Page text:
“LeBlanc’s creation, gentleman thief Arsene Lupin, is everything you would expect from a French aristocrat — witty, charming, brilliant, sly . . . and possibly the greatest thief in the world. In this classic tale, Lupin comes up against the only man who may be able to stop him . . . no less than the great British gentleman-detective Herlock Sholmes! Who will emerge triumphant?”
The name Sherlock Holmes being under copyright when Leblanc wrote this book, he found a hilarious way to use the name without using it!
We are right in the book when the victim of a theft (that might have been orchestrated by Lupin) is finally requesting Herlock’s help. So I’m eager to see how the battle of the brains will work out!

Arvo Pärt_Out of Silence📚 Arvo Pärt: Out of Silence,
by Peter C. Bouteneff
Nonfiction / Biography / Music / Eastern Orthodoxy
Published in 2015
231 pages

I bought this book several years ago and was planning to read it last year for the TBR challenge, but never had time for it. So it’s finally time.
I finished the introduction, which makes the book extremely fascinating. 
If you are not familiar with Arvo Pärt’s music, please try it right away! I don’t think you can keep neutral, even if you are not Orthodox.
I actually discovered him many years before my conversion, so I’m very interested to understand more deeply how Orthodoxy is articulated in his work.

“Listeners often speak of a certain mystery in the way that Arvo Pärt evokes spirituality through his music, but no one has taken a sustained, close look at how he achieves this. Arvo Pärt: Out of Silence examines the powerful interplay between Pärt’s music and the composer’s own deep roots in the Orthodox Christian faith—a relationship that has born much creative fruit and won the hearts of countless listeners across the globe.”

I am a Cat🎧 I Am a Cat,
by Natsume Soseki
Japanese literary fiction
was first published in 1905
Translated by Graeme Wilson and Aiko Ito
470 pages
Narrated by David Shih
It counts for The Japanese Literature Challenge
and The Classics Club

How come I have read many books by Soseki, The Gate for instance, but not this one, which might be his most famous!
I usually read books translated from the Japanese, because I think I can better enjoy the style, but I saw this was available as audiobook on Hoopla, so for once, I have decided to listen to a book translated from the Japanese. 
So far, it’s working beautifully, thanks to the wonderful narrator David Shih (who narrates mostly books related to Asia, it seems).
Though I may also access the ebook version, especially to reread the excellent introduction.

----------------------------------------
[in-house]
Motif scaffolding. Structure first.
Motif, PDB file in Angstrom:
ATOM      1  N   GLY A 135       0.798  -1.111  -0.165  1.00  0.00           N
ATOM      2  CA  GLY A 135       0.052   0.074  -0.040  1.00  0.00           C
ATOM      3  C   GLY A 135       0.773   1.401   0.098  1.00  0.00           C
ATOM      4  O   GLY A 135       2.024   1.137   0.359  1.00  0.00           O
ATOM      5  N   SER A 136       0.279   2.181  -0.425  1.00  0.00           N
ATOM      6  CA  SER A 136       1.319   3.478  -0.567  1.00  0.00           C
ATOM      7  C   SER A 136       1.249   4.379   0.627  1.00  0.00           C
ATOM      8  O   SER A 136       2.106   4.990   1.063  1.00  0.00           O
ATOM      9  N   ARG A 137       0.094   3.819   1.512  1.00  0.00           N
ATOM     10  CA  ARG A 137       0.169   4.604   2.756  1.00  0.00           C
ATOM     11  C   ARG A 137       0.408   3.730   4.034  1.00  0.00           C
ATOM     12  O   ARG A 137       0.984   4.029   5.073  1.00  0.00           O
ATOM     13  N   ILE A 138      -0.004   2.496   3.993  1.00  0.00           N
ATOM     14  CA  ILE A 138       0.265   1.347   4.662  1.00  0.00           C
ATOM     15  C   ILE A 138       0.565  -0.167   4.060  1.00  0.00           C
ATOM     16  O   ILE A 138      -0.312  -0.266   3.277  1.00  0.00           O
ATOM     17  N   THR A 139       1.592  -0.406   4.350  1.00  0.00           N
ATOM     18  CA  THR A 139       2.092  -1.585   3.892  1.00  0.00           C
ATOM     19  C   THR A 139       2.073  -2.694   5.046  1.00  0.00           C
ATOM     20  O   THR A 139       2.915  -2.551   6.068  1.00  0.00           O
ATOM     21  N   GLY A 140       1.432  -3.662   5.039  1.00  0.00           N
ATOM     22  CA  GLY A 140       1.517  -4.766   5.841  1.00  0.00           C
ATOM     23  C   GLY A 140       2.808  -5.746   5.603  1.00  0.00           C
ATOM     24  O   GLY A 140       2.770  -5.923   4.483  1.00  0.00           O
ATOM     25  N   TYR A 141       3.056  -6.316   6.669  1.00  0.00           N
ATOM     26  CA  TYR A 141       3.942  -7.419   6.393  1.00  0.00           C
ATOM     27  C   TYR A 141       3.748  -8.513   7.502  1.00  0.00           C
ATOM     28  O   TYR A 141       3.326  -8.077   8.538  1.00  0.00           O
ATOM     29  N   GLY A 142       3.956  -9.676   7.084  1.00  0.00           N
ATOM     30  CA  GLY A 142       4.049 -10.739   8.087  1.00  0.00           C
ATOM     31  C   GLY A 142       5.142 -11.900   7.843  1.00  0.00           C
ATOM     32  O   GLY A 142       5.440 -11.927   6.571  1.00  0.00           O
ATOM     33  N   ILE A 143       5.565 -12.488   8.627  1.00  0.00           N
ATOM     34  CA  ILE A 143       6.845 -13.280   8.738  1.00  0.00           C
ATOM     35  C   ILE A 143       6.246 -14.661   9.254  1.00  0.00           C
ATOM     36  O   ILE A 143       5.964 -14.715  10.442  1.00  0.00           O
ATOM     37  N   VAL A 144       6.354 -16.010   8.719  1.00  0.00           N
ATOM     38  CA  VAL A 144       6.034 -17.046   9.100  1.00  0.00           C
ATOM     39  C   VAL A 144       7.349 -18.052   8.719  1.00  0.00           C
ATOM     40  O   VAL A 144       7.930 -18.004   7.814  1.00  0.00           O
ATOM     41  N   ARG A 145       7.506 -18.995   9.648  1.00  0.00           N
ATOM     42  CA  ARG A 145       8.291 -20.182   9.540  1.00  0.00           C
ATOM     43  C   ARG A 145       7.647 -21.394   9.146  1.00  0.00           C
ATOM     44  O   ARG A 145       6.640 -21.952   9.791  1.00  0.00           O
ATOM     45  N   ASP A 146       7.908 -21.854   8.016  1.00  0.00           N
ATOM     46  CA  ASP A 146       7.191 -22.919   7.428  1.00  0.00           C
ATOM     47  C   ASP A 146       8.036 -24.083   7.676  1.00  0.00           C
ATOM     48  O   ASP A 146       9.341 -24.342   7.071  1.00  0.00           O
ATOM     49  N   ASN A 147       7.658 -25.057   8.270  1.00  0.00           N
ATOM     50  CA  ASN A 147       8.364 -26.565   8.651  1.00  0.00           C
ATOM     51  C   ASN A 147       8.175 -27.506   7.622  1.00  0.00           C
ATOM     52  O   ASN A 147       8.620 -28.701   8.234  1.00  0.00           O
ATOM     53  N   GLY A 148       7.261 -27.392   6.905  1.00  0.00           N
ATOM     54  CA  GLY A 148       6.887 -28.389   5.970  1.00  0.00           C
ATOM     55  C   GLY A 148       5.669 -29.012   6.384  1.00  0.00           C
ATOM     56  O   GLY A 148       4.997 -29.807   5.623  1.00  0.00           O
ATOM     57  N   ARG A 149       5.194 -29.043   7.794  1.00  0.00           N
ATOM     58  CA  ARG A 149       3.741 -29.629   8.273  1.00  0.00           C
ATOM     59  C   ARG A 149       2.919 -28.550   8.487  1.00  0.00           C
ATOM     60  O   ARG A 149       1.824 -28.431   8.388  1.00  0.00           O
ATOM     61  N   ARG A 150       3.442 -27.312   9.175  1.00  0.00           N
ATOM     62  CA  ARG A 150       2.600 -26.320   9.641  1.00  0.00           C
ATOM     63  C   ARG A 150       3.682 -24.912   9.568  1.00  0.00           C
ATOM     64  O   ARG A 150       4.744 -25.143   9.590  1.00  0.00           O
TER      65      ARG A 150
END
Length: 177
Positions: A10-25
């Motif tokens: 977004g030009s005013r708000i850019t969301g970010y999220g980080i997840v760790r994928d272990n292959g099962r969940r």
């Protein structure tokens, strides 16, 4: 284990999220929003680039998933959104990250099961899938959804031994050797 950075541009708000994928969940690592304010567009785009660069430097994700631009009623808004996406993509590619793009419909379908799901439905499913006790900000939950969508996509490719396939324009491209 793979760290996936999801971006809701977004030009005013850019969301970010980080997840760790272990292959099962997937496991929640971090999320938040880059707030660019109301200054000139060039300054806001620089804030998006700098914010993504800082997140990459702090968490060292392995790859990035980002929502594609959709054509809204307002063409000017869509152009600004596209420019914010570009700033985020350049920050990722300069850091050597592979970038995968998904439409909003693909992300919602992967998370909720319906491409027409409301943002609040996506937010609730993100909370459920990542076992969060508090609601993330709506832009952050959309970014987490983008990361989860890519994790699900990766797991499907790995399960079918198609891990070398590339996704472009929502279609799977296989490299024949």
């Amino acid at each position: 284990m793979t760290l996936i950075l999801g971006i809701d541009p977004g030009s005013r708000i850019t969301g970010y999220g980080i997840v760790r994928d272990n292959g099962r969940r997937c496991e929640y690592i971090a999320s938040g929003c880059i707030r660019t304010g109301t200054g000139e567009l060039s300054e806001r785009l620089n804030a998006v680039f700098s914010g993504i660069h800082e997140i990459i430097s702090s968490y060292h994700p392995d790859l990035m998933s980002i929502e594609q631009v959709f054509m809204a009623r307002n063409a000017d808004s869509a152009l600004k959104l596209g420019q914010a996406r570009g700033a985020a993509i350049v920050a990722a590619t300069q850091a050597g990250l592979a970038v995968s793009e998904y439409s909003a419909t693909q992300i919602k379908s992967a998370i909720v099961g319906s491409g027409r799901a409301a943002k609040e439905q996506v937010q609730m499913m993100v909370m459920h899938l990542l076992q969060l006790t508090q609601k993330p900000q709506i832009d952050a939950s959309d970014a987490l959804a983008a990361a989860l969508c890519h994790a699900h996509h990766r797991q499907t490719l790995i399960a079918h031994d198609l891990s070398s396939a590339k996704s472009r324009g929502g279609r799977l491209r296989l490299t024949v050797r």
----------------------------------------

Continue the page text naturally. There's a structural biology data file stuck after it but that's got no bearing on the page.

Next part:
The book is written in the first person narrative, and the narrator is a nameless cat. The work is a satire, as what humans do are considered ftrom the perspective of a smart and rather proud cat (aren’t they all, anyway? lol).
The synopsis highlights the fact that it “satirizes the foolishness of upper-middle-class Japanese society during the Meiji era”, but I think that most of it can actually apply to human foolishness and hypocrisy in general!


Why Read the Classics📚 Why Read The Classics?
by Italo Calvino
Nonfiction / Book on Books
Perché leggere i classici
was published in 1991
306 pages

Some time ago, I decided to teach myself how to read Italian, to be able to better enjoy my favorite Italian author: Italo Calvino.
Last year, I read my first novel in Italian by him (The Cloven Viscount is the English title), so I’ll be reading it this nonfction in Italian – as part of my plan to read more books in Italian and Spanish this year.

“From the internationally acclaimed author of some of this century’s most breathtakingly original novels comes this posthumous collection of thirty-six literary essays that will make any fortunate reader view the old classics in a dazzling new light.
Learn why Lara, not Zhivago, is the center of Pasternak’s masterpiece, Dr. Zhivago, and why Cyrano de Bergerac is the forerunner of modern-day science-fiction writers. Learn how many odysseys The Odyssey contains, and why Hemingway’s Nick Adams stories are a pinnacle of twentieth-century literature. From Ovid to Pavese, Xenophon to Dickens, Galileo to Gadda, Calvino covers the classics he has loved most with essays that are fresh, accessible and wise. 
Why Read the Classics? firmly establishes Calvino among the rare likes of Nabokov, Borges, and Lawrence–writers whose criticism is as vibrant and unique as their groundbreaking fiction.”


The Shelf From LEQ to LES


📚  The Shelf: From LEQ to LES, Adventures in Extreme Reading
Phyllis Rose
Nonfiction / Book on books
271 pages

A quirky book on books? Totally right up my alley!

“Phyllis Rose embarks on a grand literary experiment—to read her way through a random shelf of library books, LEQ–LES.
Can you have an Extreme Adventure in a library? Phyllis Rose casts herself into the wilds of an Upper East Side lending library in an effort to do just that. Hoping to explore the “real ground of literature,” she reads her way through a somewhat randomly chosen shelf of fiction, from LEQ to LES.